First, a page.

Sebastian had long ago managed to come to terms with that circumstance. Scion of a prominent aristocratic family, independently wealthy, the Chief enjoyed the prestige and associations afforded by a military career. His rather onerous duties seldom interfered with his pursuit of pleasure in a culture well able to provide any sort of stimulation he craved, even in wartime. Now that the war in space had dwindled to a frustrating stalemate costly to both sides in terms of human and material resources, life in the capital of Columbia went on much as it had for the past Earthcentury.

Striding at exactly 0800 into the crowded operations area where he perceived his four subordinates on the 0400 to 1200 shift to be busily occupied, Sebastian checked with the officer on duty, and exchanged a few crisp words with Teno, his deputy, as was his custom before vanishing into his relatively spacious private office.

Still troubled on some subconscious level by the earlier reminder of the inexorable advance of age, the Chief most uncharacteristically acted on a sudden impulse. He determined on making an unannounced and unscheduled inspection both of the Complex, and the men of his force presently carrying out the duty of patrolling the premises.

Those patrols provided a strong deterrent against clashes between enlistees of any two of the five Corps. Corpsmen, no less than their commanders, tended to see their counterparts in the other four organizations as rivals. That well-known propensity formed the main factor necessitating a police force operating under an authority separate from both the Commanders of the five corps, and the officials of the civil Ministry of Internal Security. The officers of Sebastianís force also guarded against the unauthorized entry of civilians into the Military Complex: a huge, sprawling area comprised of the headquarters of all five corps, the military locks assigned to each corps, and the corridors giving access to those facilities.

Two hours and forty minutes later, having walked at a smart pace through the corridor bisecting the headquarters of Fifth Corps and that of Fourth, and having also traversed the main corridor below the docking facilities of those two corps and those of Third and Second, Sebastian strode through Third Corpsí Headquarters, passed through that of First, emerged from the corridor below First Corpsí locks, and considered whether to opt for absolute thoroughness by inspecting the guard within the area housing the life-support equipment serving the Complex. Tempted to skip a large area seldom entered by personnel other than those from Feigenbaumís crew of life support engineers, the officer pondered his options.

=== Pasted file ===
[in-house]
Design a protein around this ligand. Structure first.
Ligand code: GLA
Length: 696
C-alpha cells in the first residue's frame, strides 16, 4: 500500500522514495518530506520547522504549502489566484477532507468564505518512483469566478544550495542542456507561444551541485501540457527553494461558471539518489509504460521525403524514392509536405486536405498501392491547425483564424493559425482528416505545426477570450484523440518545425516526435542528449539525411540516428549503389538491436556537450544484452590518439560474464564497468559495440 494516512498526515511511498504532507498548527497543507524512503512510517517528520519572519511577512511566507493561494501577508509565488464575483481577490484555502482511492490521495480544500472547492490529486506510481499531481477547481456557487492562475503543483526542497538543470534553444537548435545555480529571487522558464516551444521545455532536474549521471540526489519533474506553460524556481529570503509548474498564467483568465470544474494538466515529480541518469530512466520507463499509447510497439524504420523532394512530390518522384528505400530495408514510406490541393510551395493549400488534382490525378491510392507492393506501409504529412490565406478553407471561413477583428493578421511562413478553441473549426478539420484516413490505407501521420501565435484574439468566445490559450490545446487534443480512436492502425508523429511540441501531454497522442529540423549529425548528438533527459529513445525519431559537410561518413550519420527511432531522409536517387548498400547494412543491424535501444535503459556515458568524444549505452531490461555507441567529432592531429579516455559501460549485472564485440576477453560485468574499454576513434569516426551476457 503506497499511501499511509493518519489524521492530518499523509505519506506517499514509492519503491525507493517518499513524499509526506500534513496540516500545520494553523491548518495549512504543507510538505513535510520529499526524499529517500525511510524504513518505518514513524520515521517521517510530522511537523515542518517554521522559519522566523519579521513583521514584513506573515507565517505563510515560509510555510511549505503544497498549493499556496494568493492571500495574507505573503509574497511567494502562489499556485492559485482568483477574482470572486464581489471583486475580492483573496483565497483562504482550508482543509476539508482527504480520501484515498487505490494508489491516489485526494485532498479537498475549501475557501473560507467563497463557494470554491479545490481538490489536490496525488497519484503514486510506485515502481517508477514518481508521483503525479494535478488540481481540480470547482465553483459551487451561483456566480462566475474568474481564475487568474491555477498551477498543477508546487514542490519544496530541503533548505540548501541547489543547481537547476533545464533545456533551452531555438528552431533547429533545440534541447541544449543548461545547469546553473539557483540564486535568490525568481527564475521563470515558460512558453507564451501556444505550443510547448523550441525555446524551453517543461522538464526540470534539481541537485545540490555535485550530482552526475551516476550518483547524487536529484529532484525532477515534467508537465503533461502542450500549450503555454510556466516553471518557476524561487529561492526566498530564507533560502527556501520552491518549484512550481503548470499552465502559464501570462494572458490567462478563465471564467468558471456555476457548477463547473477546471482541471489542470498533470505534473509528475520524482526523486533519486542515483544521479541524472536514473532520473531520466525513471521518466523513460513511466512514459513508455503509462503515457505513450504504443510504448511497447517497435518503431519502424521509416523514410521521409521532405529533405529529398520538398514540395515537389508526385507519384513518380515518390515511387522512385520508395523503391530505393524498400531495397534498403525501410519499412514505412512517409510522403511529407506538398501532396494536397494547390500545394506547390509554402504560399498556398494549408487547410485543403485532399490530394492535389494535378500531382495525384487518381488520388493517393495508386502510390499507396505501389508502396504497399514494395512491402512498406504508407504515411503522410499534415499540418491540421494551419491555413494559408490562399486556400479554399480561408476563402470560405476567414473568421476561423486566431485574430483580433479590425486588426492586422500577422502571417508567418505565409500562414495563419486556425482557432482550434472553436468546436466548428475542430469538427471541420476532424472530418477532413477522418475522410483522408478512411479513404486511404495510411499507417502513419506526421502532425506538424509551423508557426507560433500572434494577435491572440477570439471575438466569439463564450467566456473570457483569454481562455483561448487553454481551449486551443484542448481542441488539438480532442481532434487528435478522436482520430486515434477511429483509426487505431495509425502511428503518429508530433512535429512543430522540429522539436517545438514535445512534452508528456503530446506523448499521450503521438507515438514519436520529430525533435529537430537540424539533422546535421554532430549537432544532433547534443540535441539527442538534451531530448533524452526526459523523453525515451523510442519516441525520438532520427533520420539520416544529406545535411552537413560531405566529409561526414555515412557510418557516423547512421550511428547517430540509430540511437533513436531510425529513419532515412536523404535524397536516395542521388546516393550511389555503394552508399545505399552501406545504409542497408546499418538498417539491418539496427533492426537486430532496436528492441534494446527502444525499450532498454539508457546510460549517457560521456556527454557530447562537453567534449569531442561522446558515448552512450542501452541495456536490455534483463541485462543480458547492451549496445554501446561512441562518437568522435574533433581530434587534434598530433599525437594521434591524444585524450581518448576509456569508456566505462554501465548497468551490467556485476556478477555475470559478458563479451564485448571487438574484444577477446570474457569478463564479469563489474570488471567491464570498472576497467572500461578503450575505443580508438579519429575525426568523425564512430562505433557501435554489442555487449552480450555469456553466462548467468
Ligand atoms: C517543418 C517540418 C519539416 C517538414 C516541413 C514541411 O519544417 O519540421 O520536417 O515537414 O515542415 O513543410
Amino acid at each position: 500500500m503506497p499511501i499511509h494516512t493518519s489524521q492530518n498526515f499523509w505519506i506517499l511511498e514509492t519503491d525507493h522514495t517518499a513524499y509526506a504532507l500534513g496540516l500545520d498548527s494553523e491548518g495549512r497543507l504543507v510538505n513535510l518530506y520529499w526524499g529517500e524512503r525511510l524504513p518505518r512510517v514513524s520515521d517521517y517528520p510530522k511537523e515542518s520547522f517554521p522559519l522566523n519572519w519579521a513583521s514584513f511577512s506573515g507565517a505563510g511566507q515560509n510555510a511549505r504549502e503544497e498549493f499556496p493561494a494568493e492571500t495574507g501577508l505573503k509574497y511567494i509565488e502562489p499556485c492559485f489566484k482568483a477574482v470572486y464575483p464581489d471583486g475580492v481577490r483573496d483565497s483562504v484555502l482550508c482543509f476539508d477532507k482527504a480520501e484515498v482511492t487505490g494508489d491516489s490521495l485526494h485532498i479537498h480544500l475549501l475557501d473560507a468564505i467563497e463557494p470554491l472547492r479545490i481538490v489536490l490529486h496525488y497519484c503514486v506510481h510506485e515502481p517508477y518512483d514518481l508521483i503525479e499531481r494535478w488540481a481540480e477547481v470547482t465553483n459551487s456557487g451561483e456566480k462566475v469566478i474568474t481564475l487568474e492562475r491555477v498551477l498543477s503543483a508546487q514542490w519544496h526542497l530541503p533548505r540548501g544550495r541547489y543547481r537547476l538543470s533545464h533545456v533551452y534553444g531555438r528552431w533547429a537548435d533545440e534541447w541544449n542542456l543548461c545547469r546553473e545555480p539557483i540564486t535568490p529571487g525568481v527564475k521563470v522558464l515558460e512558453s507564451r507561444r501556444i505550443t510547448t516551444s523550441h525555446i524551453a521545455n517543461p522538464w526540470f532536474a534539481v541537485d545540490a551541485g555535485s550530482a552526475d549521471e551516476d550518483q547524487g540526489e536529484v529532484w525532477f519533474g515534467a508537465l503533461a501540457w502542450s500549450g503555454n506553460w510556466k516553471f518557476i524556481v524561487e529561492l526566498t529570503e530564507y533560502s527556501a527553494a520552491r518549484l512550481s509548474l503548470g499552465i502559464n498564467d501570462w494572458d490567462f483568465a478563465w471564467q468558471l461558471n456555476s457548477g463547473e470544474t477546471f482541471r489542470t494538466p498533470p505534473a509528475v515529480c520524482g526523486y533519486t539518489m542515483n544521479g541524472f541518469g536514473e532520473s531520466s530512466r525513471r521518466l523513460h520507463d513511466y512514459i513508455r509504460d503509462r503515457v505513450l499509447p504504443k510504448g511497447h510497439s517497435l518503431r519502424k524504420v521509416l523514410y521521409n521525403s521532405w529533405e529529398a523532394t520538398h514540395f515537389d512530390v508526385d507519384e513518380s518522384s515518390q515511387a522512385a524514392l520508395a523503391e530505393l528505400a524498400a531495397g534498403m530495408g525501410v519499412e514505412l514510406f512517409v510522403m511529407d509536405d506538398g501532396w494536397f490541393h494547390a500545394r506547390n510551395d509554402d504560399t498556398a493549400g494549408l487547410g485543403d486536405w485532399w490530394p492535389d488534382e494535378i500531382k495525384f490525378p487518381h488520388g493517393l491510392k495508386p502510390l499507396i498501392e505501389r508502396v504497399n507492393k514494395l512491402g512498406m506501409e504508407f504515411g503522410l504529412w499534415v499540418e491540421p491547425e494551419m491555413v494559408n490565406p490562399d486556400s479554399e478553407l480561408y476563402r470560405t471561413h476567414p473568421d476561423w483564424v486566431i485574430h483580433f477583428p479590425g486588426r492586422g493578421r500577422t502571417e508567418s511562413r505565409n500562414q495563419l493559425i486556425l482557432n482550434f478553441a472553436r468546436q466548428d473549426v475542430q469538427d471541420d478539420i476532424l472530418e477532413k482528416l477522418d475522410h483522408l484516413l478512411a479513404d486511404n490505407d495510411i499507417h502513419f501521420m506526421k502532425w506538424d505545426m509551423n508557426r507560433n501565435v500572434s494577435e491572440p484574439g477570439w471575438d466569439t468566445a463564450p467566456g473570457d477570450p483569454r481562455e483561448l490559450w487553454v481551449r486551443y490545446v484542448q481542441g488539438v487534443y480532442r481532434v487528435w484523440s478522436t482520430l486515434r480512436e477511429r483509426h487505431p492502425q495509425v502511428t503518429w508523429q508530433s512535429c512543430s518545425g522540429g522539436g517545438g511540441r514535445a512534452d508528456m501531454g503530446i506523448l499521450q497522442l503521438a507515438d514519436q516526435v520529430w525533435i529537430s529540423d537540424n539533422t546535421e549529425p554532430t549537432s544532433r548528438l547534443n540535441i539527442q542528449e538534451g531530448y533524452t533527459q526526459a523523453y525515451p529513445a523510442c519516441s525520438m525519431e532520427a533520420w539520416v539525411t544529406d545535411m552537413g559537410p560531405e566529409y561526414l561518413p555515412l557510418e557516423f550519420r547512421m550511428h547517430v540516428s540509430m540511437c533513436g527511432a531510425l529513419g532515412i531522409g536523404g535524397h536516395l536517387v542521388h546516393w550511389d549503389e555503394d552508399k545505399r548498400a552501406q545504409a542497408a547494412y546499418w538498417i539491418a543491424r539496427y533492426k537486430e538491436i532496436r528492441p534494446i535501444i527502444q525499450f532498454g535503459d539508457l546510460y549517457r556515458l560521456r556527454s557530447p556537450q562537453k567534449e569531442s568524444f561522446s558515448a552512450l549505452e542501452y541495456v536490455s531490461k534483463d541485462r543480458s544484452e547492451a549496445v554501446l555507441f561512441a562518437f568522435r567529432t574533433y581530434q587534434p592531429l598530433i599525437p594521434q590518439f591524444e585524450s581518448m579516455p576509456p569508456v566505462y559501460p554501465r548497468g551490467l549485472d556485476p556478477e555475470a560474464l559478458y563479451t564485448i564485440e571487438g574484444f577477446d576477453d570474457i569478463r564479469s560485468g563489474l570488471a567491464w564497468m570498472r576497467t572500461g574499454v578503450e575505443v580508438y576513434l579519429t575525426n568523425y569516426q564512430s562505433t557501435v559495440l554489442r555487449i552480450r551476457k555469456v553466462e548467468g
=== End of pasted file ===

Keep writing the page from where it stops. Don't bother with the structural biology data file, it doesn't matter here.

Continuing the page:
A shrug accompanied his decision in favor of thoroughness. The Chief determined not only upon traversing those premises, but also upon entering the Arsenal. That move, he well knew, would arouse the ire of Milhauss, the dour Chief of Weapons Production and Distribution, who commanded a company of engineers, technicians and military workers: a force smaller than Sebastianís. The Chief of Weapons Production and Distribution nonetheless enjoyed independence equal to that of the Chief of Internal Security of the Columbian Military Complex. Both Sebastian and Milhauss owed allegiance to only one superior: Arlen, Commander-in-Chief of the Columbian Military Forces, who at present exercised dictatorial power over an aggressively militant world bogged down in a stalemated space-war with Gaea, the only other political entity in the star-system.

Instinctively muting the echoing tread of his gleaming black boots, Sebastian advanced through a maze of support equipment providing lighting, electrical supply, temperature regulation, the venting of excess heat, communications, and in-house, highly shielded data-storage. From there, he passed into a separate, adjoining facility solely devoted to life-support: part of an integral parallel universe interweaving with, and inseparable from, the web of habitats girdling a globe of barren, airless rock.

Threading his way through an interconnected array of huge photosynthetic exchangers, the Chief snapped a salute to one of the two guards engaged in patrolling this area, noting the flash of astonishment his subordinate failed to conceal. Observing with satisfaction that both men marched with military precision at exactly the locations where he expected to find them, Sebastian strode on. A smile of sardonic amusement fleetingly animated his lean face as he contemplated the anger his visit to the Arsenal would arouse in a colleague Sebastian enjoyed needling.